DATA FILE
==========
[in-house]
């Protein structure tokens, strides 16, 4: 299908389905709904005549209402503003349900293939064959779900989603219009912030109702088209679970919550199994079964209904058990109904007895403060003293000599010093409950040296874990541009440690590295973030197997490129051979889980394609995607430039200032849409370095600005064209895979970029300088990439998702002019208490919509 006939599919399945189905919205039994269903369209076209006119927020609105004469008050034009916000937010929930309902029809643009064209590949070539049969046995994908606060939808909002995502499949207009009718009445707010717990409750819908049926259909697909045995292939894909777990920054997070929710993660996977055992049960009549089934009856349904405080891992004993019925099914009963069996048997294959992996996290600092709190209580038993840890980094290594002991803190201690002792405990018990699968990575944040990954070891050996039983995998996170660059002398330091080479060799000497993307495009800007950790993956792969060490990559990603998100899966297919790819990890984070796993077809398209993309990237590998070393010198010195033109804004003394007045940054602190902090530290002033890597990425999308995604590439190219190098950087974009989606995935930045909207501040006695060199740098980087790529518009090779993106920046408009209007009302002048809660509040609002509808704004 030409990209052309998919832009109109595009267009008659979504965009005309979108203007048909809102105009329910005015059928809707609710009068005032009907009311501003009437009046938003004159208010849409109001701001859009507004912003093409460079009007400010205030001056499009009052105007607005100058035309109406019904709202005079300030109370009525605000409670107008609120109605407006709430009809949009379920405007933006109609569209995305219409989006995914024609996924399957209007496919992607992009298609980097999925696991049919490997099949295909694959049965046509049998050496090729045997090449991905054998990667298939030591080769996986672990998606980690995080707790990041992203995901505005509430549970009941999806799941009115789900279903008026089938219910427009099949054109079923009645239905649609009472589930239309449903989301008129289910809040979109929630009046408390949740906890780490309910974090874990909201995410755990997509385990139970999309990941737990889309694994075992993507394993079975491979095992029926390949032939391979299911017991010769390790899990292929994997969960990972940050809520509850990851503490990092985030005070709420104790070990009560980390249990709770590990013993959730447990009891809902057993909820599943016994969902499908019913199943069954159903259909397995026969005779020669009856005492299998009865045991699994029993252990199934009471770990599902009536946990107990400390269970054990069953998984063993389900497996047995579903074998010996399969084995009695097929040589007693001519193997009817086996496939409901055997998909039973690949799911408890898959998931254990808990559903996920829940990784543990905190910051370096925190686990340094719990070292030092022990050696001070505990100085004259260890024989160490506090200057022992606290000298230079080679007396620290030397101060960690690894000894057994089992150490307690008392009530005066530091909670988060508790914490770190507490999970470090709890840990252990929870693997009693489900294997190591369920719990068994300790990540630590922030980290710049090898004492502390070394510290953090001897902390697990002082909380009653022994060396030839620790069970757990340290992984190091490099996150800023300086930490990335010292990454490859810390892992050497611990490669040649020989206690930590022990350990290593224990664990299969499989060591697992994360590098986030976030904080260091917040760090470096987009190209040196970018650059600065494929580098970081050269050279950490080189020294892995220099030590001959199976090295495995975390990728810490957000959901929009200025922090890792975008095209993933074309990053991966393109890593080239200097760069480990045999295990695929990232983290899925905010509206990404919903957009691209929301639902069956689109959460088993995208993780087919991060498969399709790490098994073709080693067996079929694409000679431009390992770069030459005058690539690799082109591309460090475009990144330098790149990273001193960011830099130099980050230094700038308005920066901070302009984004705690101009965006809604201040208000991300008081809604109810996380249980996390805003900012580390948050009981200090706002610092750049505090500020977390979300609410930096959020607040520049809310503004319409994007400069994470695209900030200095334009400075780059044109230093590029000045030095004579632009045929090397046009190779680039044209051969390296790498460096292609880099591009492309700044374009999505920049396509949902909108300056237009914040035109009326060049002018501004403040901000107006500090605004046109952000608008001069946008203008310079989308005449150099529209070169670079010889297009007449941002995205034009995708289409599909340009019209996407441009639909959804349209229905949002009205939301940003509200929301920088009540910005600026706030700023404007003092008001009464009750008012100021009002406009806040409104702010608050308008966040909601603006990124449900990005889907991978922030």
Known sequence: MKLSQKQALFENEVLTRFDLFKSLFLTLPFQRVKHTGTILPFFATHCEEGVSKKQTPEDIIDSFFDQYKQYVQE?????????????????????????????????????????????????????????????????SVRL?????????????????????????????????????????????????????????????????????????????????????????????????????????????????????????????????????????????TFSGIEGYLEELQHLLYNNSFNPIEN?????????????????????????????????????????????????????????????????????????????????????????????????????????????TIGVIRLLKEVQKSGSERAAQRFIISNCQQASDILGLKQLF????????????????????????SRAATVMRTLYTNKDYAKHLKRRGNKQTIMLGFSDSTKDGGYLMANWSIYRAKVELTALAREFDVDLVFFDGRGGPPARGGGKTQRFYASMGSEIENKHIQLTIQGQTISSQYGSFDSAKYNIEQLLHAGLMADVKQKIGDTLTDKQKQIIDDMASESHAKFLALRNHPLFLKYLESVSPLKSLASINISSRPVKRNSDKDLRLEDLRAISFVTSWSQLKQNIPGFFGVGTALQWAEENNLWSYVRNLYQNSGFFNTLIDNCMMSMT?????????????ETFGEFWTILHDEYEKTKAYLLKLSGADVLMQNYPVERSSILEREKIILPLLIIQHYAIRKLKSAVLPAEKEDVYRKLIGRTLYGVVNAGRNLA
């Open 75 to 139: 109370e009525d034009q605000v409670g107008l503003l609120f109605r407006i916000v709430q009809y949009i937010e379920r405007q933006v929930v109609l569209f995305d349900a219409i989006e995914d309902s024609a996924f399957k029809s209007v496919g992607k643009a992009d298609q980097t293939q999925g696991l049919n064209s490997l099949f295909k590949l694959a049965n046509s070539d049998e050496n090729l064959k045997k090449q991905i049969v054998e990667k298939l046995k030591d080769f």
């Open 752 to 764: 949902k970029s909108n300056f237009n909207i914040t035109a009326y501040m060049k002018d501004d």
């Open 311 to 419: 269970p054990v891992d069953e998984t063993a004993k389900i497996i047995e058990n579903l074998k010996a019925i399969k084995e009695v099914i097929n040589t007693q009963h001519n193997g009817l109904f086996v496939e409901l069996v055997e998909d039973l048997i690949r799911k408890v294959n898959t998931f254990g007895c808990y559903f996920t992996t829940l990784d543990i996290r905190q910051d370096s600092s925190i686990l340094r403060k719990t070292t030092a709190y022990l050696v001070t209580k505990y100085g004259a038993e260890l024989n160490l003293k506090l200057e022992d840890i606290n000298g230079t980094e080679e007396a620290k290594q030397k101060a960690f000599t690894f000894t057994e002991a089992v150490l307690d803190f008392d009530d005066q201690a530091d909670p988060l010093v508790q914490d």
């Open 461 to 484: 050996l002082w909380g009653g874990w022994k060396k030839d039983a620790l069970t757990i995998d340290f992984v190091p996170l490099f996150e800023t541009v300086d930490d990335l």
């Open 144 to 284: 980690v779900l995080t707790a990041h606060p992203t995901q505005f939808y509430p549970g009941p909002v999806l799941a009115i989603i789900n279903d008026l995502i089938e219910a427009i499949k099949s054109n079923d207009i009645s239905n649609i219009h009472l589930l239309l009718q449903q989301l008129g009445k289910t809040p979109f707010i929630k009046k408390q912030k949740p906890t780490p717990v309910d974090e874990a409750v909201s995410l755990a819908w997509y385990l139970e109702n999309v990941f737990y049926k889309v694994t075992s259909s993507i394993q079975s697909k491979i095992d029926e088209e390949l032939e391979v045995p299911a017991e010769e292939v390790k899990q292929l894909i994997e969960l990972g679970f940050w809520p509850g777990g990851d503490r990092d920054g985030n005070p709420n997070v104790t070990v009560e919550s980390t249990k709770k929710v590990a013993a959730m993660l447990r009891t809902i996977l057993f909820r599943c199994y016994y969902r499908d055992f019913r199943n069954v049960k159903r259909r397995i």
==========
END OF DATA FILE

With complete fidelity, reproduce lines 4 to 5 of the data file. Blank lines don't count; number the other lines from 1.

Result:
């Open 75 to 139: 109370e009525d034009q605000v409670g107008l503003l609120f109605r407006i916000v709430q009809y949009i937010e379920r405007q933006v929930v109609l569209f995305d349900a219409i989006e995914d309902s024609a996924f399957k029809s209007v496919g992607k643009a992009d298609q980097t293939q999925g696991l049919n064209s490997l099949f295909k590949l694959a049965n046509s070539d049998e050496n090729l064959k045997k090449q991905i049969v054998e990667k298939l046995k030591d080769f």
């Open 752 to 764: 949902k970029s909108n300056f237009n909207i914040t035109a009326y501040m060049k002018d501004d």